The European Commission decided on new Standard Contractual Clauses (SCCs) in June 2021. After 27 December 2022, only these “new” SCCs may be used without exception.
What does that mean for companies and organizations?
If personal data is transferred to processors (or their sub-processors) or to controllers in a country outside the EU or the EEA (European Economic Area), for which there is no adequacy decision by the European Commission (decision pursuant to Art. 45 (2) GDPR), one means to achieve an adequate level of data protection is to conclude SCCs and, if necessary, implement additional measures to safeguard the data.
After the European Court of Justice declared the EU-US Privacy Shield invalid in its ruling of 16.07.2020 C-311/18 (“Schrems II”), the European Commission undertook a revision of the “old” SCCs (2010/87/EU) and published a new version and various modules of Standard Data Protection Clauses (EU 2021/914) on 04.06.2021 (available here). In accordance with the Implementing Decision, the use of the new Standard Data Protection Clauses (EU 2021/914) is mandatory for the conclusion of new contracts since 27.09.2021. However, the “old” SCCs will remain valid until 27.12.2022.
In practice, this means: After 27 December 2022, transfers of personal data to unsafe countries outside the EU or the EEA may no longer be based on the “old” SCCs. If transfers continue to be carried out on the basis of the “old” SCCs after the expiry of this period, there is a significant risk of non-compliance, with the possible imposition of fines by supervisory authorities.
Transfer Impact Assessment
As part of the conclusion of the new Standard Data Protection Clauses, the data exporter and the data importer must also undertake a so-called Data Transfer Impact Assessment (TIA) as defined in clauses 14 and 15 of the Standard Data Protection Clauses. It is essentially a requirement to ensure an adequate level of data protection in accordance with Chapter V of the GDPR, which is why it is necessary to check, for example, whether there are adequate procedural principles in place in the third country that regulate access to the data by authorities.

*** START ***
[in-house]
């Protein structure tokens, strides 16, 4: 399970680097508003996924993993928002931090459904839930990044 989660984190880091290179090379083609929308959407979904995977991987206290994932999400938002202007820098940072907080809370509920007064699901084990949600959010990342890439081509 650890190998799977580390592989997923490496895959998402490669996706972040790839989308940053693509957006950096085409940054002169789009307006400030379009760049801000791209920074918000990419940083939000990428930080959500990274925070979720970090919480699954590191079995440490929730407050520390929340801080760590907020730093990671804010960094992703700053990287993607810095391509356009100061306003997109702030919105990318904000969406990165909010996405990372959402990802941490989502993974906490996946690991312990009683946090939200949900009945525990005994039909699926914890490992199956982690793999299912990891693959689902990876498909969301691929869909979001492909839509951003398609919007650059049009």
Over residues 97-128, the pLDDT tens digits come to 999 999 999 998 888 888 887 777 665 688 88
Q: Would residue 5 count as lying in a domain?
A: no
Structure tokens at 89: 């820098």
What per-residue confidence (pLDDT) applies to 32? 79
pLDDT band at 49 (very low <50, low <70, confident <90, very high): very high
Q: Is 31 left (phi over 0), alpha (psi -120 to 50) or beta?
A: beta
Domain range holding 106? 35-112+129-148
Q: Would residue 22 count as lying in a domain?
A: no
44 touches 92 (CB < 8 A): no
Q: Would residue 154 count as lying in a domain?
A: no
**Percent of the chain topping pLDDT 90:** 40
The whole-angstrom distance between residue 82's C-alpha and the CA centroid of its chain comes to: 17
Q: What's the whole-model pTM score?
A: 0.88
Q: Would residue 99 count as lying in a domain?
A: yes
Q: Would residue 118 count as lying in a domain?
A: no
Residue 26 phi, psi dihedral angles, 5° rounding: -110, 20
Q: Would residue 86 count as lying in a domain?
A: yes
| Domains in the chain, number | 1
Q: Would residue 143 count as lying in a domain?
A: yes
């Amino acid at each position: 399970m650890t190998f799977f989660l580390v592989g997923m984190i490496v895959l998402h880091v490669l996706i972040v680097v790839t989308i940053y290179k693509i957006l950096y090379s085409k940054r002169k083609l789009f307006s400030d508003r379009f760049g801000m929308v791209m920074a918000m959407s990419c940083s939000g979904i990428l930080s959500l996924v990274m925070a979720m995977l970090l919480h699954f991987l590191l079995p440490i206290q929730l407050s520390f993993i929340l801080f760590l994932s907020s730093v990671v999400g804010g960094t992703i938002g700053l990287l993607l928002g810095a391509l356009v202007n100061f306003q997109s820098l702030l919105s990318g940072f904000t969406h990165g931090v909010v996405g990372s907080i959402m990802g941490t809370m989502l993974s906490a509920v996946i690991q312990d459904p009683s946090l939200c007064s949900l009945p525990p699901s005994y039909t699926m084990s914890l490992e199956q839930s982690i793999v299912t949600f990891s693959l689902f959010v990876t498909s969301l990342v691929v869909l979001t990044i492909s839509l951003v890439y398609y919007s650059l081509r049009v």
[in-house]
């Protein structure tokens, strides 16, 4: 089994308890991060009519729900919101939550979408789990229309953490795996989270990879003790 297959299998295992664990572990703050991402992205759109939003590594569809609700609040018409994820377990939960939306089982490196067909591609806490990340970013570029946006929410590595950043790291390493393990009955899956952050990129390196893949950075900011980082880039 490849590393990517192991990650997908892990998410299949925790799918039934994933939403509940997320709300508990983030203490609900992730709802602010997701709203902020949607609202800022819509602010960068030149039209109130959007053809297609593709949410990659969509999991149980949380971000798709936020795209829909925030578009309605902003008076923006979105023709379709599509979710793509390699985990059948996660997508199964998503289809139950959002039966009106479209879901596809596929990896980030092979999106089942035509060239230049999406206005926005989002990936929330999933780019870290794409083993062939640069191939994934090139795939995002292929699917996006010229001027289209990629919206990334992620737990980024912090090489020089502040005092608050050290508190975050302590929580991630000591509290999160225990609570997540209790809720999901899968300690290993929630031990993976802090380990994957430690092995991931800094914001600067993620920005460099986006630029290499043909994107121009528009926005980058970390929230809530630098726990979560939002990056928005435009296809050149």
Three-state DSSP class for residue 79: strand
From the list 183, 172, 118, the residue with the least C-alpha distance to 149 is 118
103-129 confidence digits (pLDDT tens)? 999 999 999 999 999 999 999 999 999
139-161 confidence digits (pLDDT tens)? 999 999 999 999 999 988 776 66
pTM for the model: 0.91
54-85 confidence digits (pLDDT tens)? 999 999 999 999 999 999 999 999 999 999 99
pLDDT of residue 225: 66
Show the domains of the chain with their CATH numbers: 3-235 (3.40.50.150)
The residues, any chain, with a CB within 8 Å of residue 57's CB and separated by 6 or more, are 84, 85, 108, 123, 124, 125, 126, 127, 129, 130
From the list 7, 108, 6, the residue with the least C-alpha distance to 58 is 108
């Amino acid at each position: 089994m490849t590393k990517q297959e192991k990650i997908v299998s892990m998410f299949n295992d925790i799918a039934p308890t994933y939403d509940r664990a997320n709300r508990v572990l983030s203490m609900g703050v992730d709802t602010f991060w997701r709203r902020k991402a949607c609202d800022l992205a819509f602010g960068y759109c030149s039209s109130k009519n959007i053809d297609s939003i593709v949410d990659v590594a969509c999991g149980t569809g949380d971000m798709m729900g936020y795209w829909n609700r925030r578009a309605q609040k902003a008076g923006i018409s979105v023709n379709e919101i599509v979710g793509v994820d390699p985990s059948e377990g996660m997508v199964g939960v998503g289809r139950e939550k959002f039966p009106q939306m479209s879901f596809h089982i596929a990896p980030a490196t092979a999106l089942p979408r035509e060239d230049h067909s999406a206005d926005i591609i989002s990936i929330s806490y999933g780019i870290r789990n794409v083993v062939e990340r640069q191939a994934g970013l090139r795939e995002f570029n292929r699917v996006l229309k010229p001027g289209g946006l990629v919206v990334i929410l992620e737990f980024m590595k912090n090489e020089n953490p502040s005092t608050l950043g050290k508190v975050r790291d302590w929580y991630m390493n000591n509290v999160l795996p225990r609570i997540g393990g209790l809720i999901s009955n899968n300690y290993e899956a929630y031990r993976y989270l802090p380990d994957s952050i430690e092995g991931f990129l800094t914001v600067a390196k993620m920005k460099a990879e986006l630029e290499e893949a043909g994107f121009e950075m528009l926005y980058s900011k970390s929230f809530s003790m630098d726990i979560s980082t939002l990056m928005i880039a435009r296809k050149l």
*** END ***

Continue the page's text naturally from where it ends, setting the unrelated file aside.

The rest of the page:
More information on this topic can also be found in our German blog article from 29.06.2021. If the wording in this blog article – Standard Contractual Clauses and Standard Data Protection Clauses – has confused you, then our German blog article from 06.07.2021 provides the appropriate explanation.
What steps do companies and organizations need to take now?
- It must be determined whether or which data transfers to third countries without an adequacy decision (unsafe countries) are taking place.
- It must be clarified which constellations of data transfers exist and which modules of the new EU Standard Data Protection Clauses must therefore be concluded.
- Service providers or other contractual or business partners must be contacted and the conclusion of the new EU Standard Data Protection Clauses between data exporter and data importer must be requested.
- The content and performance of the Data Transfer Impact Assessment has to be agreed on between the data exporter and the data importer.
- The outcome of the TIA must be documented and the intervals at which further assessments are to take place should be established.